“I know he’ll be there.” Mrs. Dashwood clasped her hands under her chin, and widened her eyes in horror. “He is Lady Prescott’s favourite nephew.”
Diana did not raise her eyes but, now armed with embroidery scissors, began hacking at the knot. “Really?” Her tone expressed bland disinterest. “What a surprise. Her favourite nephew? Goodness me, how many does she have?” Unsurprisingly, the thread broke. Perhaps it was a sign, but of what, she wondered.
“Oh, my dear,” Mrs. Dashwood continued. “If you bumped into Sir Gareth in public or at a large gathering, it would be easy to avoid him. But a house party in the countryside? With a small selection of particular guests?” She made a tut-tut sound. “And what if the weather keeps everyone indoors? You’ll have to participate in whatever entertainment Lady Prescott provides. You’ll be flung together, like it or not. What will you say to him? I defy anyone to escape scrutiny and gossip under those circumstances.”
Diana looked up. “Oh, you’re worrying for nothing. I can assure you I will not be embarrassed if I must greet Sir Gareth at the breakfast table, or participate in a game of charades or cribbage with him.” She shrugged. “Everyone will be too busy enjoying themselves to notice us. I’m sure there will be other delicious on-dits and romantic liaisons to keep their tongues occupied. And besides, you may not have heard but Sir Gareth is almost certainly ensnared by the charms of a siren.”
Mrs. Dashwood raised her eyebrows. “A siren? What nonsense.”
“I was being sarcastic.”
“Who is this siren? I’m sure Sir Gareth is far too sensible to succumb to any lures flung out by designing women.”
“The siren is a Miss Jemima Plymstock of Newbury, and she has twenty thousand pounds a year to her name. She does not appear to be the predatory type of female an eligible man should avoid. I’ve heard she is quietly spoken and charming. However, I believe that an engagement is imminent. Lucretia Dalton made haste to inform me of this development when I saw her out shopping with her silly sisters.”
Mrs. Dashwood gave a derogatory snort. “Lucretia Dalton is a brainless female with more hair than sense. I’m not sure I’d believe anything that girl says. However, if it’s true that means he isn’t wasting any time filling your space at the altar. The fickle man.”
She said the last three words in a reproachful tone.
Diana was exasperated. “Mama, how changeable your opinions are. He is not my property and therefore is entitled to marry whomever he likes. A while ago, you were crying about the humiliation I might endure by meeting him in public. I can assure you that if he is almost engaged to Miss Plymstock then he will feel no mortification upon seeing me and neither will I upon seeing him.”
She pulled out the remnants of the ruined forget-me-not. “I can’t fall into a decline every time his name is mentioned. I’m sure he doesn’t on my behalf. The past is the past. We had best get on with living our lives and making a new future.”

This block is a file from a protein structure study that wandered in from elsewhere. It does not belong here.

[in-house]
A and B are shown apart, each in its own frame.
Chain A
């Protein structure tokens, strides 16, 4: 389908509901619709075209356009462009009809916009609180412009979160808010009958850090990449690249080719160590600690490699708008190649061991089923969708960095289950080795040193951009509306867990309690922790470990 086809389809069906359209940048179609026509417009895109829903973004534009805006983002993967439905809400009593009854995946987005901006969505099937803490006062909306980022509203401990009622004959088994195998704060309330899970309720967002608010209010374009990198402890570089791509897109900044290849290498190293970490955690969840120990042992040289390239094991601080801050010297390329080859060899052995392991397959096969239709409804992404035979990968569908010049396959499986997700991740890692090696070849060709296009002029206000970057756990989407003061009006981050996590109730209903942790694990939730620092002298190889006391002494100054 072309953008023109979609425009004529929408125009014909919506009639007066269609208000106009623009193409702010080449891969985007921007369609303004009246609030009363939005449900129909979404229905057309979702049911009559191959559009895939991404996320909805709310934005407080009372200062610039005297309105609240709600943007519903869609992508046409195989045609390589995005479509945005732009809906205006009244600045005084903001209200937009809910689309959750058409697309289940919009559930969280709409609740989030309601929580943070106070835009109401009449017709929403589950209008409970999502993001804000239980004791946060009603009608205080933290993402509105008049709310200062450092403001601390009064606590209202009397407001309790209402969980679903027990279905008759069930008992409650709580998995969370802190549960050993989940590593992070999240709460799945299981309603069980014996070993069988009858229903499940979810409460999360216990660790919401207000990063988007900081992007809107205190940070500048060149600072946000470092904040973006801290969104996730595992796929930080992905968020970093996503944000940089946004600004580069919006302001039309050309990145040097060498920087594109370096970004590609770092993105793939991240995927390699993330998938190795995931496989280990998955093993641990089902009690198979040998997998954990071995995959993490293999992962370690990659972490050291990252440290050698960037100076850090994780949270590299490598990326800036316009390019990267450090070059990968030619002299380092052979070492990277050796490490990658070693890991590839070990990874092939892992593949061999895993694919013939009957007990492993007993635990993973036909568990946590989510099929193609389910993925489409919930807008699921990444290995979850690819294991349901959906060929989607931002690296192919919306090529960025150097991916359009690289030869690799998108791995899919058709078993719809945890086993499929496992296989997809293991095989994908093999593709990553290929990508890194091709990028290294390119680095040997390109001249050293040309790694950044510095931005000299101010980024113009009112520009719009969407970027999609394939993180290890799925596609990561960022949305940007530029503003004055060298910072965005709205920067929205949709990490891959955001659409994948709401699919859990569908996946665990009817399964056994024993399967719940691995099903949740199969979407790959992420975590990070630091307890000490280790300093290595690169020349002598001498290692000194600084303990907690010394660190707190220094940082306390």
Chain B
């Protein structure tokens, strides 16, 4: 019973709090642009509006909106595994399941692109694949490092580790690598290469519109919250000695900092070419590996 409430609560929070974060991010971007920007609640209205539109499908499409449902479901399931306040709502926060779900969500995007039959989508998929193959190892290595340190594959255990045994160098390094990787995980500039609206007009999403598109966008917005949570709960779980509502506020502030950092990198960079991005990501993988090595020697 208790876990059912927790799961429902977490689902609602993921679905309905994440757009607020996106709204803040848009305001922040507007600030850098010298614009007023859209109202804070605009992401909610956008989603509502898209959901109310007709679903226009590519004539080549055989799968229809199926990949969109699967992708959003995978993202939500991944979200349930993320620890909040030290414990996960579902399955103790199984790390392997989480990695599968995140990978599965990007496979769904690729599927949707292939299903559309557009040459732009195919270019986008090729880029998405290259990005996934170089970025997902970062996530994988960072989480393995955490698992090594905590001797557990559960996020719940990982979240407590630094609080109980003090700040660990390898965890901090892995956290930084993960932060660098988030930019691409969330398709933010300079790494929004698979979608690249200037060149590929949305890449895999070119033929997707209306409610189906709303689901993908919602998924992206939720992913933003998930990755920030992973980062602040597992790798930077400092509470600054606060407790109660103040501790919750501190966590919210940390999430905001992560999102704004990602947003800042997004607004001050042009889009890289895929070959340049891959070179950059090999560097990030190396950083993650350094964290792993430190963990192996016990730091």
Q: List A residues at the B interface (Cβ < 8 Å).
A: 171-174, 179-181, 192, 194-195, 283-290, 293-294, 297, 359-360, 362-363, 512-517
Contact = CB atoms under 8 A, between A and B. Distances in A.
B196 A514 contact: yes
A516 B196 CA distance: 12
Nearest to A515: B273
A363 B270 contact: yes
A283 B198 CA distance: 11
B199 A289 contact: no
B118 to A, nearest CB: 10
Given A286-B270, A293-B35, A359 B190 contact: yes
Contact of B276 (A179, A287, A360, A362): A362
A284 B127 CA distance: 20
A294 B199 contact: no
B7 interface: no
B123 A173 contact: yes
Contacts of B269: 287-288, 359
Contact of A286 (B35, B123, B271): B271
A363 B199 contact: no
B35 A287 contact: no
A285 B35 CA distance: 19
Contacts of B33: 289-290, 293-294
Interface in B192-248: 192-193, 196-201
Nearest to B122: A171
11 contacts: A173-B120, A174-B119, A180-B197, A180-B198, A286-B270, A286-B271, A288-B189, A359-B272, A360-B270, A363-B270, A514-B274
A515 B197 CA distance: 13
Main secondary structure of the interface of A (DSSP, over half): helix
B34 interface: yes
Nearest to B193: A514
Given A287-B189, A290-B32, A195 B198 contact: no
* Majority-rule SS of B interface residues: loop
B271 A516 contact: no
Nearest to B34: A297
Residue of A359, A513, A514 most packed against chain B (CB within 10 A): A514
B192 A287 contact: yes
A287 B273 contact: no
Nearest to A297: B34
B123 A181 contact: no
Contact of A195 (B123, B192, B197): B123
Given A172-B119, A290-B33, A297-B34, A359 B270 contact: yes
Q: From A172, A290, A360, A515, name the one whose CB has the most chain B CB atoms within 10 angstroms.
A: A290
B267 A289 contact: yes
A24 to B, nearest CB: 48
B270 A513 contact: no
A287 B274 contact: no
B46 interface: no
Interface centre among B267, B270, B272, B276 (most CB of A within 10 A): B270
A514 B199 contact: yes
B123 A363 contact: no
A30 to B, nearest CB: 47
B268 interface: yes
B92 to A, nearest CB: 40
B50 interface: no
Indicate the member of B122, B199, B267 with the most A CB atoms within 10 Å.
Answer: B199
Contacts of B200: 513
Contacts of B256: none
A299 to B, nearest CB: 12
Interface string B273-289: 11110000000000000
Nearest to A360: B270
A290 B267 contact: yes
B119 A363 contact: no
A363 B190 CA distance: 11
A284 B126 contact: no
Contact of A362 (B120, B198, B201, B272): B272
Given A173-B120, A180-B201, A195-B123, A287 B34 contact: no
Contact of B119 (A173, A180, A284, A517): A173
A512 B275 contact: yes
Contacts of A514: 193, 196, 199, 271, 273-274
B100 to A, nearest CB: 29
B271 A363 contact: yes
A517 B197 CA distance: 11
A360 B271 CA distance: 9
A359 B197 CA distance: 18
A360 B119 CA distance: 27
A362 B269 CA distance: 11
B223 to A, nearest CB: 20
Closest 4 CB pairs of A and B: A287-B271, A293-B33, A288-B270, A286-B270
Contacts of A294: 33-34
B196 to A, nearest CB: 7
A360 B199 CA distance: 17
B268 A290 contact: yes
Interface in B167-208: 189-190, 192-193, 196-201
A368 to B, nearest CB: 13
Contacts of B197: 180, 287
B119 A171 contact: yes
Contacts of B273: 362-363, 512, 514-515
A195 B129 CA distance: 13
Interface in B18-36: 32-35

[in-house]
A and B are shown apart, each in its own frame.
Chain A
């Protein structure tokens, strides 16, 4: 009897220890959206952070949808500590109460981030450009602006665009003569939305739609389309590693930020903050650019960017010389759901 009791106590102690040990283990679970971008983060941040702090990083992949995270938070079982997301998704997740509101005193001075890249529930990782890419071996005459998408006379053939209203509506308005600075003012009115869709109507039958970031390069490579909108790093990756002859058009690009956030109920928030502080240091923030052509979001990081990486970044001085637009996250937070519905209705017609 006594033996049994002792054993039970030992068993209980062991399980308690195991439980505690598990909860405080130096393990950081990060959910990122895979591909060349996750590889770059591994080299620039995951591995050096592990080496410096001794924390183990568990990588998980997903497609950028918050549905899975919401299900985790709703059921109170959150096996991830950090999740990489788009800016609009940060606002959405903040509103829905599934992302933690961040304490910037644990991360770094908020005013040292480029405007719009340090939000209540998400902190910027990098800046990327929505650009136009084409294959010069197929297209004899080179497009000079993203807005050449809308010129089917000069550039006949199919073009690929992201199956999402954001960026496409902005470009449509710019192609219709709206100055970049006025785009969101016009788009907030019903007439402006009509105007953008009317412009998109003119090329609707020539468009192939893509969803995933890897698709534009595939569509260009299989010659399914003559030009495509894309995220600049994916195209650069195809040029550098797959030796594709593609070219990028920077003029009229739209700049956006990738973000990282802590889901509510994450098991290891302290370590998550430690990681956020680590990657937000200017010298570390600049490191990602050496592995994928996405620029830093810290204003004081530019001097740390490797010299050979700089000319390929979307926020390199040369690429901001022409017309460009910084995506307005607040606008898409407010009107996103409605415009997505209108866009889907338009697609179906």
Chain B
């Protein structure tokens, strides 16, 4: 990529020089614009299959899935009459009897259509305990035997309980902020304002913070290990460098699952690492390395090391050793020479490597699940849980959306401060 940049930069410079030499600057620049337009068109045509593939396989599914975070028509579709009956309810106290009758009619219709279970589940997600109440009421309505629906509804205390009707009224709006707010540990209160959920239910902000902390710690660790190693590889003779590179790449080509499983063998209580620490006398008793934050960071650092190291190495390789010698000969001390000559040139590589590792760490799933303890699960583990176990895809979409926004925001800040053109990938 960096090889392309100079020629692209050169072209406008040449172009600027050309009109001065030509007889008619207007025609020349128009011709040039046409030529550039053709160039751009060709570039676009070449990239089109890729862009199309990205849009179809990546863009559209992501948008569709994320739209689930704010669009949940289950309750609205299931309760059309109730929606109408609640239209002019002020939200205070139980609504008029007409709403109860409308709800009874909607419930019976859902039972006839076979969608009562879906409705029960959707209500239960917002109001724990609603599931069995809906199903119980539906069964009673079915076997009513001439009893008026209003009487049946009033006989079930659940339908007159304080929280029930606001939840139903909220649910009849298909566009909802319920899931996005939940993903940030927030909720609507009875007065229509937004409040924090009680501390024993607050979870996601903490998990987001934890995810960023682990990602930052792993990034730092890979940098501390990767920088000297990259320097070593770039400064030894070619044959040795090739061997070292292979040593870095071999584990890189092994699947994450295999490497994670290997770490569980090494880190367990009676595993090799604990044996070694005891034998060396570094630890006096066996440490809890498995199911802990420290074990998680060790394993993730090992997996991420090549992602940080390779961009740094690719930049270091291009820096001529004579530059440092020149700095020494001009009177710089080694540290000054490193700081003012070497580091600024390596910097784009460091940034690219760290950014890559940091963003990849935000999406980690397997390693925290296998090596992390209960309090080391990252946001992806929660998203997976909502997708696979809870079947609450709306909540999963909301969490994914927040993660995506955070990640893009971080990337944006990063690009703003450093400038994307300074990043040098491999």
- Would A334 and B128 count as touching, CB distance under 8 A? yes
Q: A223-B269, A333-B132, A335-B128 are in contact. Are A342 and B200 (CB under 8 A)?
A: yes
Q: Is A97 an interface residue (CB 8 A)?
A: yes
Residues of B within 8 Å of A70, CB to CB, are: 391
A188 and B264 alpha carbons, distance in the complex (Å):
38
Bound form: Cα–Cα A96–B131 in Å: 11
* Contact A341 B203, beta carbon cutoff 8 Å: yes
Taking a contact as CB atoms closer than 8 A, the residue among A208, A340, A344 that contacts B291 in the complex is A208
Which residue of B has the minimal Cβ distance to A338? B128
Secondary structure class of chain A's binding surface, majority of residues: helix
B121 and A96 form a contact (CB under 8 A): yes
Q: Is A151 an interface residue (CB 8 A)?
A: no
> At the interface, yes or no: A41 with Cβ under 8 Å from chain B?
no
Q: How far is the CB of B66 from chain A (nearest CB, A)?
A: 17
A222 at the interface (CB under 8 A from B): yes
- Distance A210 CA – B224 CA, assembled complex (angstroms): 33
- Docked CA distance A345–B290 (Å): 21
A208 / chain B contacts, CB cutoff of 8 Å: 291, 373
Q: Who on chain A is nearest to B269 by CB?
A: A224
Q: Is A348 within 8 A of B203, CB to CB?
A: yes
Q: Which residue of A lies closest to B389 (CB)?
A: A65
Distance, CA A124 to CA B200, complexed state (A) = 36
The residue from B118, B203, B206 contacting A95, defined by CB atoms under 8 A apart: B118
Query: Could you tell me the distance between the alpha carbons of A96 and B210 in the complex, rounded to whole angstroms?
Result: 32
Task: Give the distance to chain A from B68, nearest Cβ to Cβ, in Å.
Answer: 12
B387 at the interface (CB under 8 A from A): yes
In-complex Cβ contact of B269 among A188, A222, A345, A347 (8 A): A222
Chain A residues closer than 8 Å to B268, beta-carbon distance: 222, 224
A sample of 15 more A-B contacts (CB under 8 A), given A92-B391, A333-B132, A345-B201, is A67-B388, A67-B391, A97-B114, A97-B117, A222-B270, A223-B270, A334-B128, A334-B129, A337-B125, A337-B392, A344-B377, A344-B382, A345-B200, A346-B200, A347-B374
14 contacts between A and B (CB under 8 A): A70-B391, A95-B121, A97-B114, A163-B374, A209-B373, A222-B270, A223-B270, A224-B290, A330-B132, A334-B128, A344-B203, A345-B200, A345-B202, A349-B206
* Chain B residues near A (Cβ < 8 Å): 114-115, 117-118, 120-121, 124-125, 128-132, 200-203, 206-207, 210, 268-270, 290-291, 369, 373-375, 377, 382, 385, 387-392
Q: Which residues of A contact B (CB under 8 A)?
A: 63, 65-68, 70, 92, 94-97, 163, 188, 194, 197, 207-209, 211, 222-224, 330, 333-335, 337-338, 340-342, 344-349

Did he ever think of her? Not likely. His face, altered with blazing anger when she had given back his heirloom engagement ring, a magnificent square-cut emerald surrounded with diamonds, had been almost unbearable to see. Would he give the same ring to Miss Plymstock now?
Mrs. Dashwood pursed her lips. “Jemima. What a very odd name. It’s the sort of name one would give to a pet monkey.” She leaned towards Diana and placed one hand on her arm. “Are you sure it will not upset you to see Sir Gareth with Miss Plymston?”
“Plymstock.” Diana automatically corrected her. “Of course it will not upset me. I am a grown woman of three-and-twenty, not a lovesick schoolgirl hankering after a romantic dream.”
Mrs. Dashwood gave a long, lugubrious sigh. “It’s just that when Lady Cranston introduced you two, everyone thought you and Sir Gareth were so perfect for each other. I always imagined you were twin souls. You’ve known each other for so long and—”
“Perhaps that was the problem,” said Diana gently.
Mrs. Dashwood stared. “Whatever do you mean? Usually the problem is not knowing each other and then regretting it once the ring is on the finger. Marry in haste, repent at leisure.”
Diana shrugged. “Perhaps we knew each other so well that there was no mystery, no romance, and no surprises left.”
As she said these words, an enormous wave of sadness welled up, a wave so fierce and overwhelming that perhaps her heart would burst from the strain. He was her one true love, her twin soul, her everything, and he had destroyed her adoration with those few heartless and careless words.
Mrs. Dashwood blinked. “Is that all? I thought there was something more…something more momentous.”
Diana schooled her features to reflect perfect composure. Her voice almost betrayed her but a cough covered the choking sob. She pretended to examine her embroidery and lied. She even managed a little laugh. “Of course, what else could it possibly be? I hope Sir Gareth has many wonderful surprises in store with Miss Plymstock if he chooses to propose.”
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